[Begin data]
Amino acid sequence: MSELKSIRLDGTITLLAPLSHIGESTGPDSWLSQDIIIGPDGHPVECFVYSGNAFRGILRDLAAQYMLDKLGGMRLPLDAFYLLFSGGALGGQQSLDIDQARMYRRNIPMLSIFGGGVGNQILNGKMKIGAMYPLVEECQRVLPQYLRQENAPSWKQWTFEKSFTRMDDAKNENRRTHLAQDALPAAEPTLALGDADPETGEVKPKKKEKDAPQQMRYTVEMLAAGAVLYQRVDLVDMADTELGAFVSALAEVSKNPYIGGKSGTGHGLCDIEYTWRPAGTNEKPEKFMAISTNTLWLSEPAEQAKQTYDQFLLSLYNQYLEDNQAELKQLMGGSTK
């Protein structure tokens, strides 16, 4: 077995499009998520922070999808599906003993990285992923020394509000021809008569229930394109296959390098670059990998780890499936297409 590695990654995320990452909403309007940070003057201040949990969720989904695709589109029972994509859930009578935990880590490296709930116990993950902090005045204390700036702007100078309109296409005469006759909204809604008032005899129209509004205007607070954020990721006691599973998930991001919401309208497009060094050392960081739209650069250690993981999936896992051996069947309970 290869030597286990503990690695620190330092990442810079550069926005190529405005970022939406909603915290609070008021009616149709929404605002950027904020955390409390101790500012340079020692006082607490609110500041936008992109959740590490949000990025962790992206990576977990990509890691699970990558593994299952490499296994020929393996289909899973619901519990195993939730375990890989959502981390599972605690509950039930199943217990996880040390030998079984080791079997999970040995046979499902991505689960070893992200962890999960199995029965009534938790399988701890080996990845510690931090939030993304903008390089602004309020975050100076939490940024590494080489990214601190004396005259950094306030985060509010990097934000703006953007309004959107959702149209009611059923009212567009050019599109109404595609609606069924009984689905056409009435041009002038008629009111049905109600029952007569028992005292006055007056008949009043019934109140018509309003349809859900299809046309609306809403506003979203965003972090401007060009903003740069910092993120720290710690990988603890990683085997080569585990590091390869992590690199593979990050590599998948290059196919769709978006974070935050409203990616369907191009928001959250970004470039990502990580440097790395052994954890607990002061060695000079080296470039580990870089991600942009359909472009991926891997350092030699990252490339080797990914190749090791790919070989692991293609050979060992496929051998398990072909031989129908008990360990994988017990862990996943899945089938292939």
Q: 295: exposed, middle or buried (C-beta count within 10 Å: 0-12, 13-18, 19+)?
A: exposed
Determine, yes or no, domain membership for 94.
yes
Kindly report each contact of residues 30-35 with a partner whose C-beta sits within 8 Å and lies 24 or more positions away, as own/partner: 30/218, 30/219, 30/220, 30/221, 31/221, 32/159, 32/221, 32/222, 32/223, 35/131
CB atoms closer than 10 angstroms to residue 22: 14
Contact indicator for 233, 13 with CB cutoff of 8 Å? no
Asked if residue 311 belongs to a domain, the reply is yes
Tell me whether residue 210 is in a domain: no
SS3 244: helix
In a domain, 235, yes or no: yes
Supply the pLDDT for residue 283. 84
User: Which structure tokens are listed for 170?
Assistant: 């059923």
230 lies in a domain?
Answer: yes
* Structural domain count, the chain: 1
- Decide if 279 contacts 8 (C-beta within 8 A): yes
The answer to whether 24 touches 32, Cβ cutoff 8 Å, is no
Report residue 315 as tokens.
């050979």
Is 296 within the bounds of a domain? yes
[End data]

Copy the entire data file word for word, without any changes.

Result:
Amino acid sequence: MSELKSIRLDGTITLLAPLSHIGESTGPDSWLSQDIIIGPDGHPVECFVYSGNAFRGILRDLAAQYMLDKLGGMRLPLDAFYLLFSGGALGGQQSLDIDQARMYRRNIPMLSIFGGGVGNQILNGKMKIGAMYPLVEECQRVLPQYLRQENAPSWKQWTFEKSFTRMDDAKNENRRTHLAQDALPAAEPTLALGDADPETGEVKPKKKEKDAPQQMRYTVEMLAAGAVLYQRVDLVDMADTELGAFVSALAEVSKNPYIGGKSGTGHGLCDIEYTWRPAGTNEKPEKFMAISTNTLWLSEPAEQAKQTYDQFLLSLYNQYLEDNQAELKQLMGGSTK
């Protein structure tokens, strides 16, 4: 077995499009998520922070999808599906003993990285992923020394509000021809008569229930394109296959390098670059990998780890499936297409 590695990654995320990452909403309007940070003057201040949990969720989904695709589109029972994509859930009578935990880590490296709930116990993950902090005045204390700036702007100078309109296409005469006759909204809604008032005899129209509004205007607070954020990721006691599973998930991001919401309208497009060094050392960081739209650069250690993981999936896992051996069947309970 290869030597286990503990690695620190330092990442810079550069926005190529405005970022939406909603915290609070008021009616149709929404605002950027904020955390409390101790500012340079020692006082607490609110500041936008992109959740590490949000990025962790992206990576977990990509890691699970990558593994299952490499296994020929393996289909899973619901519990195993939730375990890989959502981390599972605690509950039930199943217990996880040390030998079984080791079997999970040995046979499902991505689960070893992200962890999960199995029965009534938790399988701890080996990845510690931090939030993304903008390089602004309020975050100076939490940024590494080489990214601190004396005259950094306030985060509010990097934000703006953007309004959107959702149209009611059923009212567009050019599109109404595609609606069924009984689905056409009435041009002038008629009111049905109600029952007569028992005292006055007056008949009043019934109140018509309003349809859900299809046309609306809403506003979203965003972090401007060009903003740069910092993120720290710690990988603890990683085997080569585990590091390869992590690199593979990050590599998948290059196919769709978006974070935050409203990616369907191009928001959250970004470039990502990580440097790395052994954890607990002061060695000079080296470039580990870089991600942009359909472009991926891997350092030699990252490339080797990914190749090791790919070989692991293609050979060992496929051998398990072909031989129908008990360990994988017990862990996943899945089938292939």
Q: 295: exposed, middle or buried (C-beta count within 10 Å: 0-12, 13-18, 19+)?
A: exposed
Determine, yes or no, domain membership for 94.
yes
Kindly report each contact of residues 30-35 with a partner whose C-beta sits within 8 Å and lies 24 or more positions away, as own/partner: 30/218, 30/219, 30/220, 30/221, 31/221, 32/159, 32/221, 32/222, 32/223, 35/131
CB atoms closer than 10 angstroms to residue 22: 14
Contact indicator for 233, 13 with CB cutoff of 8 Å? no
Asked if residue 311 belongs to a domain, the reply is yes
Tell me whether residue 210 is in a domain: no
SS3 244: helix
In a domain, 235, yes or no: yes
Supply the pLDDT for residue 283. 84
User: Which structure tokens are listed for 170?
Assistant: 């059923």
230 lies in a domain?
Answer: yes
* Structural domain count, the chain: 1
- Decide if 279 contacts 8 (C-beta within 8 A): yes
The answer to whether 24 touches 32, Cβ cutoff 8 Å, is no
Report residue 315 as tokens.
């050979």
Is 296 within the bounds of a domain? yes